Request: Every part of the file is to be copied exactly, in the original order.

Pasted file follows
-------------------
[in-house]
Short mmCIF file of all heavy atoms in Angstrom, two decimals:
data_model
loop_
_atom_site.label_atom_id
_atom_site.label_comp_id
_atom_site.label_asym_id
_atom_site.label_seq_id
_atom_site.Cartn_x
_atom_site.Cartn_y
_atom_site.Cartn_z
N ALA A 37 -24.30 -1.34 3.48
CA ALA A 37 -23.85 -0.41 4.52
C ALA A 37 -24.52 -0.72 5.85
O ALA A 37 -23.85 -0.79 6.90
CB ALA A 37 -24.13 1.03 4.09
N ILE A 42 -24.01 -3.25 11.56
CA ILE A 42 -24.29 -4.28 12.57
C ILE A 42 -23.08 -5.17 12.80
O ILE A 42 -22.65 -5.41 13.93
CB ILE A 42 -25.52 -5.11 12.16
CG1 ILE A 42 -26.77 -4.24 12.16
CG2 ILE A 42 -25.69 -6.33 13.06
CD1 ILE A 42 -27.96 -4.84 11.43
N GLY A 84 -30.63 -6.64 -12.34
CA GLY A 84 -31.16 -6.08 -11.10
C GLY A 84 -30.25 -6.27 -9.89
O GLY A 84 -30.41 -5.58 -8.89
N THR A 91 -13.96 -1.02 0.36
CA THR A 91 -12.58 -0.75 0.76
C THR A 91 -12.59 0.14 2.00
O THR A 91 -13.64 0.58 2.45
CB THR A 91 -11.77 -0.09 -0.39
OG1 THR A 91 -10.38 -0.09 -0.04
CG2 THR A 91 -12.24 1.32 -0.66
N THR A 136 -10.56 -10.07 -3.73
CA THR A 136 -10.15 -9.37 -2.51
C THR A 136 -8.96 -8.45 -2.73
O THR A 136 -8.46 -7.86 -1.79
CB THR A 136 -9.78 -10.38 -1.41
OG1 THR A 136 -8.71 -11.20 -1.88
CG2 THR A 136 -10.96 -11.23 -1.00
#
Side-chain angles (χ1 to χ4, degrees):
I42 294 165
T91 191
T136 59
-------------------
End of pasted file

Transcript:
[in-house]
Short mmCIF file of all heavy atoms in Angstrom, two decimals:
data_model
loop_
_atom_site.label_atom_id
_atom_site.label_comp_id
_atom_site.label_asym_id
_atom_site.label_seq_id
_atom_site.Cartn_x
_atom_site.Cartn_y
_atom_site.Cartn_z
N ALA A 37 -24.30 -1.34 3.48
CA ALA A 37 -23.85 -0.41 4.52
C ALA A 37 -24.52 -0.72 5.85
O ALA A 37 -23.85 -0.79 6.90
CB ALA A 37 -24.13 1.03 4.09
N ILE A 42 -24.01 -3.25 11.56
CA ILE A 42 -24.29 -4.28 12.57
C ILE A 42 -23.08 -5.17 12.80
O ILE A 42 -22.65 -5.41 13.93
CB ILE A 42 -25.52 -5.11 12.16
CG1 ILE A 42 -26.77 -4.24 12.16
CG2 ILE A 42 -25.69 -6.33 13.06
CD1 ILE A 42 -27.96 -4.84 11.43
N GLY A 84 -30.63 -6.64 -12.34
CA GLY A 84 -31.16 -6.08 -11.10
C GLY A 84 -30.25 -6.27 -9.89
O GLY A 84 -30.41 -5.58 -8.89
N THR A 91 -13.96 -1.02 0.36
CA THR A 91 -12.58 -0.75 0.76
C THR A 91 -12.59 0.14 2.00
O THR A 91 -13.64 0.58 2.45
CB THR A 91 -11.77 -0.09 -0.39
OG1 THR A 91 -10.38 -0.09 -0.04
CG2 THR A 91 -12.24 1.32 -0.66
N THR A 136 -10.56 -10.07 -3.73
CA THR A 136 -10.15 -9.37 -2.51
C THR A 136 -8.96 -8.45 -2.73
O THR A 136 -8.46 -7.86 -1.79
CB THR A 136 -9.78 -10.38 -1.41
OG1 THR A 136 -8.71 -11.20 -1.88
CG2 THR A 136 -10.96 -11.23 -1.00
#
Side-chain angles (χ1 to χ4, degrees):
I42 294 165
T91 191
T136 59